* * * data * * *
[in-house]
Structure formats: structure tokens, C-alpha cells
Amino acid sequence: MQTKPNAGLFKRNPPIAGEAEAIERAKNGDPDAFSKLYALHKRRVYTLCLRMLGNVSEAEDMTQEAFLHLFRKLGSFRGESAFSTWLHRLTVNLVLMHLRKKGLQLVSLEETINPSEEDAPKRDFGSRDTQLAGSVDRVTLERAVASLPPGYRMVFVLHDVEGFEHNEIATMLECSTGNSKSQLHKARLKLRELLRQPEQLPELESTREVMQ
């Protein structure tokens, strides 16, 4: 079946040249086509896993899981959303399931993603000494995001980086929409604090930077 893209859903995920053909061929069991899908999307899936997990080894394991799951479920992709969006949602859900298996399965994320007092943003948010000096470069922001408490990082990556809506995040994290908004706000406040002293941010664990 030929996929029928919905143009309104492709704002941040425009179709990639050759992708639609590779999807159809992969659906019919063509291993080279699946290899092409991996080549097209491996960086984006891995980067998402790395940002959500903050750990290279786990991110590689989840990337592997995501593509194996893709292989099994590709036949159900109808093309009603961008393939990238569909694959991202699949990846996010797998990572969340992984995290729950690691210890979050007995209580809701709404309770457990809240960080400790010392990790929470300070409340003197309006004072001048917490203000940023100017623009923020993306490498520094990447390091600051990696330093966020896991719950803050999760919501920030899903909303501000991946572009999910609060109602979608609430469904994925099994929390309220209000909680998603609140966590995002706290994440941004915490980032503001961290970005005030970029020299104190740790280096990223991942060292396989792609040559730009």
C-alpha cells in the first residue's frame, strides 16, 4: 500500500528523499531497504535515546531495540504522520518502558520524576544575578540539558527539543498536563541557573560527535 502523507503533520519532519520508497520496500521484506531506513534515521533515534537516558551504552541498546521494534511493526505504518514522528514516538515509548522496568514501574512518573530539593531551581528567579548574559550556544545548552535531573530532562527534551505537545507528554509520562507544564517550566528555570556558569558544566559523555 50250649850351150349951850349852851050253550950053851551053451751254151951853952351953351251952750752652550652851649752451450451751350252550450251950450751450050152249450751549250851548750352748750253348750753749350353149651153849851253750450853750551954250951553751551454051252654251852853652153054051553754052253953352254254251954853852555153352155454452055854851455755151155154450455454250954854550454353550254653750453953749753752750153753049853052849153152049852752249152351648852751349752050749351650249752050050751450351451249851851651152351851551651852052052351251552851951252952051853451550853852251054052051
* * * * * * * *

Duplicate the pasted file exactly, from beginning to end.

[in-house]
Structure formats: structure tokens, C-alpha cells
Amino acid sequence: MQTKPNAGLFKRNPPIAGEAEAIERAKNGDPDAFSKLYALHKRRVYTLCLRMLGNVSEAEDMTQEAFLHLFRKLGSFRGESAFSTWLHRLTVNLVLMHLRKKGLQLVSLEETINPSEEDAPKRDFGSRDTQLAGSVDRVTLERAVASLPPGYRMVFVLHDVEGFEHNEIATMLECSTGNSKSQLHKARLKLRELLRQPEQLPELESTREVMQ
């Protein structure tokens, strides 16, 4: 079946040249086509896993899981959303399931993603000494995001980086929409604090930077 893209859903995920053909061929069991899908999307899936997990080894394991799951479920992709969006949602859900298996399965994320007092943003948010000096470069922001408490990082990556809506995040994290908004706000406040002293941010664990 030929996929029928919905143009309104492709704002941040425009179709990639050759992708639609590779999807159809992969659906019919063509291993080279699946290899092409991996080549097209491996960086984006891995980067998402790395940002959500903050750990290279786990991110590689989840990337592997995501593509194996893709292989099994590709036949159900109808093309009603961008393939990238569909694959991202699949990846996010797998990572969340992984995290729950690691210890979050007995209580809701709404309770457990809240960080400790010392990790929470300070409340003197309006004072001048917490203000940023100017623009923020993306490498520094990447390091600051990696330093966020896991719950803050999760919501920030899903909303501000991946572009999910609060109602979608609430469904994925099994929390309220209000909680998603609140966590995002706290994440941004915490980032503001961290970005005030970029020299104190740790280096990223991942060292396989792609040559730009």
C-alpha cells in the first residue's frame, strides 16, 4: 500500500528523499531497504535515546531495540504522520518502558520524576544575578540539558527539543498536563541557573560527535 502523507503533520519532519520508497520496500521484506531506513534515521533515534537516558551504552541498546521494534511493526505504518514522528514516538515509548522496568514501574512518573530539593531551581528567579548574559550556544545548552535531573530532562527534551505537545507528554509520562507544564517550566528555570556558569558544566559523555 50250649850351150349951850349852851050253550950053851551053451751254151951853952351953351251952750752652550652851649752451450451751350252550450251950450751450050152249450751549250851548750352748750253348750753749350353149651153849851253750450853750551954250951553751551454051252654251852853652153054051553754052253953352254254251954853852555153352155454452055854851455755151155154450455454250954854550454353550254653750453953749753752750153753049853052849153152049852752249152351648852751349752050749351650249752050050751450351451249851851651152351851551651852052052351251552851951252952051853451550853852251054052051